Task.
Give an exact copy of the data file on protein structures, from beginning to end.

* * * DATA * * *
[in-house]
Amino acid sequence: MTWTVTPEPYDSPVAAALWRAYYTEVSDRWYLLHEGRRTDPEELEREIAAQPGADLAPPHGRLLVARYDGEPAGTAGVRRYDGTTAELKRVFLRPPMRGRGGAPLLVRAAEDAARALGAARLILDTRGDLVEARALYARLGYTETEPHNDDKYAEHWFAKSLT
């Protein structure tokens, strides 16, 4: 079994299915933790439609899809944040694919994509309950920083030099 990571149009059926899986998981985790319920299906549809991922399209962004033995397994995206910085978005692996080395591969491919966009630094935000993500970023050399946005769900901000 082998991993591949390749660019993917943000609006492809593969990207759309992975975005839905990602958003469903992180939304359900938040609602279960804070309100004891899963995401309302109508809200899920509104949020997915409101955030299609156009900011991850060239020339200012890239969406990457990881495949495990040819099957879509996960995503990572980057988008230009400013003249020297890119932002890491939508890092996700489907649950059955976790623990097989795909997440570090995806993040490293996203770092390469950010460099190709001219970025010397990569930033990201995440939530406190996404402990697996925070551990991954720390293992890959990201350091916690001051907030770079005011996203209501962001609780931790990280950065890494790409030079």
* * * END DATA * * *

[in-house]
Amino acid sequence: MTWTVTPEPYDSPVAAALWRAYYTEVSDRWYLLHEGRRTDPEELEREIAAQPGADLAPPHGRLLVARYDGEPAGTAGVRRYDGTTAELKRVFLRPPMRGRGGAPLLVRAAEDAARALGAARLILDTRGDLVEARALYARLGYTETEPHNDDKYAEHWFAKSLT
């Protein structure tokens, strides 16, 4: 079994299915933790439609899809944040694919994509309950920083030099 990571149009059926899986998981985790319920299906549809991922399209962004033995397994995206910085978005692996080395591969491919966009630094935000993500970023050399946005769900901000 082998991993591949390749660019993917943000609006492809593969990207759309992975975005839905990602958003469903992180939304359900938040609602279960804070309100004891899963995401309302109508809200899920509104949020997915409101955030299609156009900011991850060239020339200012890239969406990457990881495949495990040819099957879509996960995503990572980057988008230009400013003249020297890119932002890491939508890092996700489907649950059955976790623990097989795909997440570090995806993040490293996203770092390469950010460099190709001219970025010397990569930033990201995440939530406190996404402990697996925070551990991954720390293992890959990201350091916690001051907030770079005011996203209501962001609780931790990280950065890494790409030079």